With all of this being said, Christianity also doesn’t just wag its finger ignominiously at the sinfulness in humanity for causing the suffering of humanity.  Christianity teaches that God is in the midst of suffering.  At the heart of Christianity is the cross – an agent not only of deep suffering, but of cruel torture.  Christianity teaches that God came into suffering through His Son and endured the ultimate suffering as He bore the sins of the world in His death.  Though we may not have all the answers to why God allows suffering, we do have a promise that God is deeply familiar with suffering.  He suffers with us.

When Moses receives the Ten Commandments on top Mount Sinai, the scene looks downright volcanic: “The mountain…blazed with fire to the very heavens, with black clouds and deep darkness” (Deuteronomy 4:11).  The Israelites at the base of the mountain who saw what was happening on the mountain, understandably, “trembled with fear” (Exodus 20:18).  And yet, for all the fear Sinai’s violent eruption may have caused in the people who saw it, Deuteronomy also reminds us that “the LORD spoke…out of the fire” (Deuteronomy 4:12).  Sinai may have been spewing fire and ash, but God was there, speaking His words to His people.

Kilauea is not Sinai.  I highly doubt anyone will come striding down Kilauea after its eruption with a couple of stone tablets in hand.  And yet, just as God was present with the Israelites camping in the shadow Sinai, God is also present with the Hawaiians living in the shadow of Kilauea.  And the words that He spoke at Sinai to Israel, He still speaks to us today: “I am the LORD your God” (Exodus 20:2). God still invites us to be His people so He can love us as His children.  Of this, every Hawaiian – and every person – can be assured.

May 14, 2018 at 5:15 am Leave a comment

You Don’t Want To Be Number One

"Moses with the Tablets of the Law" by Rembrandt, 1659 Credit: Wikipedia

“Moses with the Tablets of the Law” by Rembrandt, 1659
Credit: Wikipedia

Idolatry is rampant in our society.  And this is no surprise.  After all, people have loved to worship, serve, and trust in gods of their own making for millennia now.  From money to sex to power to education to an obsession with whatever rights we think we’re supposed to have, we have no shortage of gods on hand and in our hearts.  And idolatry begins when we are young.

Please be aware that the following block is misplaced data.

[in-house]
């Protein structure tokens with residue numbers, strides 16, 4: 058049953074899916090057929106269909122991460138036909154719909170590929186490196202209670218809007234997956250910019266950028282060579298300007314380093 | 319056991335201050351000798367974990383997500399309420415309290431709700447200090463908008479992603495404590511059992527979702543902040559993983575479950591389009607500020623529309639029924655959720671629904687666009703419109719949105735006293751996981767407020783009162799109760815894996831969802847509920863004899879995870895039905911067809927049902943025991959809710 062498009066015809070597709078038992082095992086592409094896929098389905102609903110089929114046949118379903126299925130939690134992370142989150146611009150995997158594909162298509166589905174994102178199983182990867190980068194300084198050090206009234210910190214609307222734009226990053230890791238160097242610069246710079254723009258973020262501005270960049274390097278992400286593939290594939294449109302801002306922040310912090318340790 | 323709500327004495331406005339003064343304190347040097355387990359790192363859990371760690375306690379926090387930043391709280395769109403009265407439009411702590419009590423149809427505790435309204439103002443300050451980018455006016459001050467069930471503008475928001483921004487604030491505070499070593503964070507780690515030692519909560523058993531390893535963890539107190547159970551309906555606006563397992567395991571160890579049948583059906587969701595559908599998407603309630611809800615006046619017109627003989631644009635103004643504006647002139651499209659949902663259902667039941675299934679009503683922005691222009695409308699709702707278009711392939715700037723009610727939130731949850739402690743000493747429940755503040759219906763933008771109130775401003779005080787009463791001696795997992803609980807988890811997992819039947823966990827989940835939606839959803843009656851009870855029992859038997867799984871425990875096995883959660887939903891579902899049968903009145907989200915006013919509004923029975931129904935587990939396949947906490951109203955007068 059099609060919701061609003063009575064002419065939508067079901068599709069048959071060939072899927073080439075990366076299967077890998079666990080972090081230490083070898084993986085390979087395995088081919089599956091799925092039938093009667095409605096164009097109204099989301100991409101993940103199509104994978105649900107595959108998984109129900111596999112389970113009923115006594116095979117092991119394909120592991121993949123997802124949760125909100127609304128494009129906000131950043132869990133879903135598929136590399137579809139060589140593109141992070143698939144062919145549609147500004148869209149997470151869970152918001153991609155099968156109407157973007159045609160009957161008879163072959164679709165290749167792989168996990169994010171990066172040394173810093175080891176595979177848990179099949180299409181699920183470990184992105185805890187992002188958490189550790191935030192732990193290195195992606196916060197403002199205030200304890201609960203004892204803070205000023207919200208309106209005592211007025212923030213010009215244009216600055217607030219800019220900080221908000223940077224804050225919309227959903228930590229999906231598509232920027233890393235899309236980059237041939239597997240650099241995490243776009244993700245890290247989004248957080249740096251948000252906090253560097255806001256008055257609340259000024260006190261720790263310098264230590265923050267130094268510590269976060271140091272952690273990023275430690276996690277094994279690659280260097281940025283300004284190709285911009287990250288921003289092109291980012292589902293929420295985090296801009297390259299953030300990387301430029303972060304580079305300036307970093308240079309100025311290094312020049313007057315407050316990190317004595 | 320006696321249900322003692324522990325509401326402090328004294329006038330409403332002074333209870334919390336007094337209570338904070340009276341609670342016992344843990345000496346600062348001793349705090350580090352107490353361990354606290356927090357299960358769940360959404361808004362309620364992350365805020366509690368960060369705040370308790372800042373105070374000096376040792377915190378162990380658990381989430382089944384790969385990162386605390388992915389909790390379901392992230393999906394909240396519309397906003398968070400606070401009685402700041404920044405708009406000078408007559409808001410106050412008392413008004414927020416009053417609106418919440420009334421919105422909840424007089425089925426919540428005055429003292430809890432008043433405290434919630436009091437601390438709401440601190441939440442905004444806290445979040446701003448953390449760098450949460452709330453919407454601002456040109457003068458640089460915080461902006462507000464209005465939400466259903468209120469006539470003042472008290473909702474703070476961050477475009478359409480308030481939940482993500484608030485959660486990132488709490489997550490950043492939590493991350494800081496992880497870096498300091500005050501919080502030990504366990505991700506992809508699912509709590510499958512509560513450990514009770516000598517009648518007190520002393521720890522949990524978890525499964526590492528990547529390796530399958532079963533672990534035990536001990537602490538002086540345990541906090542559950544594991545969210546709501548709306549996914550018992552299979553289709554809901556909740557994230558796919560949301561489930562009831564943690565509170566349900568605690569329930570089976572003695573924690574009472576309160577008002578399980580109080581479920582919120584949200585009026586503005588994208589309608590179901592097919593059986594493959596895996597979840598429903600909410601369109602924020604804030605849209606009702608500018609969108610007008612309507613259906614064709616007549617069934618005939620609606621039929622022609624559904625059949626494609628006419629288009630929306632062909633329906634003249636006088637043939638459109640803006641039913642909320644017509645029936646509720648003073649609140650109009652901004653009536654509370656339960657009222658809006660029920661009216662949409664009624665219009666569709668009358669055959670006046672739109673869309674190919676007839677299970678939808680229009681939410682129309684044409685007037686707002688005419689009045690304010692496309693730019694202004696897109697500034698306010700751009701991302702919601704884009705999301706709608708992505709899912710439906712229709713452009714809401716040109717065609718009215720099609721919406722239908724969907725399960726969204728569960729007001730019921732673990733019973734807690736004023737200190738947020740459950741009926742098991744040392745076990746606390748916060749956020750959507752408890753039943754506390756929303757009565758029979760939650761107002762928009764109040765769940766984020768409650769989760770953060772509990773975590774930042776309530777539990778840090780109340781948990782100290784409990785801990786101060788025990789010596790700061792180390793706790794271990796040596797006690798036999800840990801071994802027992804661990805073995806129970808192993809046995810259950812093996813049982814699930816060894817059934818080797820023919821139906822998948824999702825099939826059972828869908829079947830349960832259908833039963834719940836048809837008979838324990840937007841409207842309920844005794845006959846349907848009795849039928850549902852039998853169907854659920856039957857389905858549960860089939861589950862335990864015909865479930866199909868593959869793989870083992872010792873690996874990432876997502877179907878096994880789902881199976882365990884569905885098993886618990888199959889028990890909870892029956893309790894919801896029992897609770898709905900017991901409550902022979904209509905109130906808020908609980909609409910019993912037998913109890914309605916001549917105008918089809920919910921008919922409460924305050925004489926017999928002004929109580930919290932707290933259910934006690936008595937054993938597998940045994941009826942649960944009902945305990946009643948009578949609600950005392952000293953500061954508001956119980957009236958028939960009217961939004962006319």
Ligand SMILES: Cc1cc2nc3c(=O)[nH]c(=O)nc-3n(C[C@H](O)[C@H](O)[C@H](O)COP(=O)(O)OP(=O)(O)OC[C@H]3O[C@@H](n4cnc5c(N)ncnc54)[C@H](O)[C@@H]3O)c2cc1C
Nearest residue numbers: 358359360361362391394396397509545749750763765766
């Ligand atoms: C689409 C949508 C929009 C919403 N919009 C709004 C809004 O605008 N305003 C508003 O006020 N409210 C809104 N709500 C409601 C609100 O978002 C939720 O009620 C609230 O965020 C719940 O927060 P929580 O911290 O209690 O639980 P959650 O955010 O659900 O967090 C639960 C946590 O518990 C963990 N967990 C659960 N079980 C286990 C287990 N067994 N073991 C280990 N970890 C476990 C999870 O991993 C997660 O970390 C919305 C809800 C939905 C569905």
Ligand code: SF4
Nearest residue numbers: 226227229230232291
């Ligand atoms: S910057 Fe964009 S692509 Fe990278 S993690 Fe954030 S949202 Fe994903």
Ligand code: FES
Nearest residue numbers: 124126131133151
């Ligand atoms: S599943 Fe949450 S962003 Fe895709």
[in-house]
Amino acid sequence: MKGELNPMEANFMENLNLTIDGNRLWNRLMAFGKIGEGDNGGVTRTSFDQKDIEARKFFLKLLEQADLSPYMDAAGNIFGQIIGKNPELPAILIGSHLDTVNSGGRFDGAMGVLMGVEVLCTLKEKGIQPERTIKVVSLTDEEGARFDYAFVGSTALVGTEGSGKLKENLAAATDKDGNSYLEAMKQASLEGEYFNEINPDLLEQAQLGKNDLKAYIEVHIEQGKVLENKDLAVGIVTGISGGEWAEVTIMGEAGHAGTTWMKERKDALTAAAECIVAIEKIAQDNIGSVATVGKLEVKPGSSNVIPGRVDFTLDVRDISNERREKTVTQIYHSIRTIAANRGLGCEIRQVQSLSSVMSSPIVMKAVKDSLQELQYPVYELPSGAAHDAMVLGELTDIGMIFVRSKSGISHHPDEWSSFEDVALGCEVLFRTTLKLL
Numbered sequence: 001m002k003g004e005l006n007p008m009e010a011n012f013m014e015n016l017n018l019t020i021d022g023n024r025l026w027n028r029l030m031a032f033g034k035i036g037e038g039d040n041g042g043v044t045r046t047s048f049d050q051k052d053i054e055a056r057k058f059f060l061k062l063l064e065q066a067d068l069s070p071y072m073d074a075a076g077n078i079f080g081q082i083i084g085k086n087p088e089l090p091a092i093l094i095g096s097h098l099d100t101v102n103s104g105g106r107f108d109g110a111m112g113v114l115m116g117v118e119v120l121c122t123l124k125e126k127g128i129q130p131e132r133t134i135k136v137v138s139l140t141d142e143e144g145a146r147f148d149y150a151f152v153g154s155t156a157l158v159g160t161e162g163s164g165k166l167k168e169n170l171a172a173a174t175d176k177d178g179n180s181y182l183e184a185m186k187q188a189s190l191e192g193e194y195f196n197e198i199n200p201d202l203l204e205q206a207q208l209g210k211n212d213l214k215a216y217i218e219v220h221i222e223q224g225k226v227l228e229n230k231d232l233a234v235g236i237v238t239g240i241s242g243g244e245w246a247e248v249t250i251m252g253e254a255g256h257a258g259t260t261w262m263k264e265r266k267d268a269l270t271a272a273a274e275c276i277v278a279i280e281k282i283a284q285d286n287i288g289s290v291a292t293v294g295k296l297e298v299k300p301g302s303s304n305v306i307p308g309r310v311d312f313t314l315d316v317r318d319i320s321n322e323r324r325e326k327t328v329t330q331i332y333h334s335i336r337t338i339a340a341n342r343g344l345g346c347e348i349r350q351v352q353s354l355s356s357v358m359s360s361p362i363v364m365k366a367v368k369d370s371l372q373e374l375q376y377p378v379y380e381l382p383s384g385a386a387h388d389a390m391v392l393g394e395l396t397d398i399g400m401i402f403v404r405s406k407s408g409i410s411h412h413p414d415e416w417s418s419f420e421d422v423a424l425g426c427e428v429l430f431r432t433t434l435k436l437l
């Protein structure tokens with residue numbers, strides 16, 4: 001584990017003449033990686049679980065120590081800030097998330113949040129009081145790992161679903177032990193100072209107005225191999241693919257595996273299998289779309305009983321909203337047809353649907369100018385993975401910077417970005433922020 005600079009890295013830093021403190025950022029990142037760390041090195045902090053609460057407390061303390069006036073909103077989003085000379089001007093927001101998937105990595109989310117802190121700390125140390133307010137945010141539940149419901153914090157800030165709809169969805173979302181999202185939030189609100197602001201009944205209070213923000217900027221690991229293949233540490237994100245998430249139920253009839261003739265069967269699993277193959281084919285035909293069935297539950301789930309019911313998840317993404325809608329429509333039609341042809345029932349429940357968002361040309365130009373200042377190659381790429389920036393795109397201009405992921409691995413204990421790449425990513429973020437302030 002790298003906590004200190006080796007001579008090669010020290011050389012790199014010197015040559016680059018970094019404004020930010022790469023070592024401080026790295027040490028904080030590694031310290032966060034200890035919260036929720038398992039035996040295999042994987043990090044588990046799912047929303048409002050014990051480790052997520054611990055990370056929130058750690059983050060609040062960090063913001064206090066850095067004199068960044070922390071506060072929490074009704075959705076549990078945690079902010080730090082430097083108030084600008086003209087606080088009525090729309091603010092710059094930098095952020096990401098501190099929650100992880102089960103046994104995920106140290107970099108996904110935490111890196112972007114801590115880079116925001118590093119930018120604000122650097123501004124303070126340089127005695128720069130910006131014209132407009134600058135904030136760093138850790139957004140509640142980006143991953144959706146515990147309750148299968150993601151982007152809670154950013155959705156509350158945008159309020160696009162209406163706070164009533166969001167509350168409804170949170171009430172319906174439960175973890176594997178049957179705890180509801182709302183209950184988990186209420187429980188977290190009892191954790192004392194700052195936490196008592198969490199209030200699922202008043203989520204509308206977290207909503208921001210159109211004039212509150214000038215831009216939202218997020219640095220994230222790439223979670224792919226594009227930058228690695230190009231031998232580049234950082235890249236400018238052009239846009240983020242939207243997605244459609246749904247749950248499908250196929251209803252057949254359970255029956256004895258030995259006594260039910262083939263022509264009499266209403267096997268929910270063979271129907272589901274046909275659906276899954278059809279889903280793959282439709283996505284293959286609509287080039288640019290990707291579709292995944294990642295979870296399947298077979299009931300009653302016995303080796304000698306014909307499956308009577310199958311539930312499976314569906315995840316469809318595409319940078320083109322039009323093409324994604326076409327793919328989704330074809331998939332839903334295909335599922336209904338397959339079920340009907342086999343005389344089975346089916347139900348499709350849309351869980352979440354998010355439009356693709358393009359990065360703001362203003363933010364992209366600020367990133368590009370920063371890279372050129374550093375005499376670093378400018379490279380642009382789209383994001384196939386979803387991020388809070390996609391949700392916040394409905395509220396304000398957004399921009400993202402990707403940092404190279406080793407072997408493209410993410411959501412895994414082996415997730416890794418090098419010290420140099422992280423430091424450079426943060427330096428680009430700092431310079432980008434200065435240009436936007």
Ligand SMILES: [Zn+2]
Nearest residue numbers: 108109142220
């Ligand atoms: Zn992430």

I remember a chapel service I conducted for a childcare center at the church I used to serve.  I was talking to the kids about the First Commandment, which I paraphrased like this:  “God is number one.”  It was with this paraphrase that I heard a little two year old voice pipe up from the back of the room:  “No!” the voice protested, “I’m number one!”  I was taken aback.  So I tried to clarify:  “You are special and important,” I said, “But God is number one.  He’s number one over everything.”  The voice, however, wasn’t buying it.  “No!  I’m number one!” it fired back.

By the end of my chapel message, it was almost comical.  Whenever I said, “God is number one,” this little voice would respond, “No!  I’m number one!”  It seems the idolatrous desire to take God’s place is ingrained in us from the earliest of years.

Martin Luther comments on the First Commandment:

Now this is the work of the First Commandment, which enjoins, “Thou shalt have no other gods.” This means, “Since I alone am God, thou shalt place all thy confidence, trust, and faith in Me alone and in no one else.”[1]

I love how Luther describes the spirit of the First Commandment not in terms of obedience, but in terms of faith.  In the First Commandment, Luther explains, God invites us to trust in Him rather than in the idols we make for ourselves.  Why?  Because the idols we make for ourselves take from us, hurt us, and condemn us. The true God, however, gives to us, blesses us, and saves us.  Idols pain us.  The true God comforts us.

The pain of idolatry becomes especially acute when the idols we make for ourselves happen to be ourselves.  When we are our own gods, we are inevitably left disparaging and hating ourselves, for we fail ourselves and find that we are not the kinds of gods we need ourselves to be.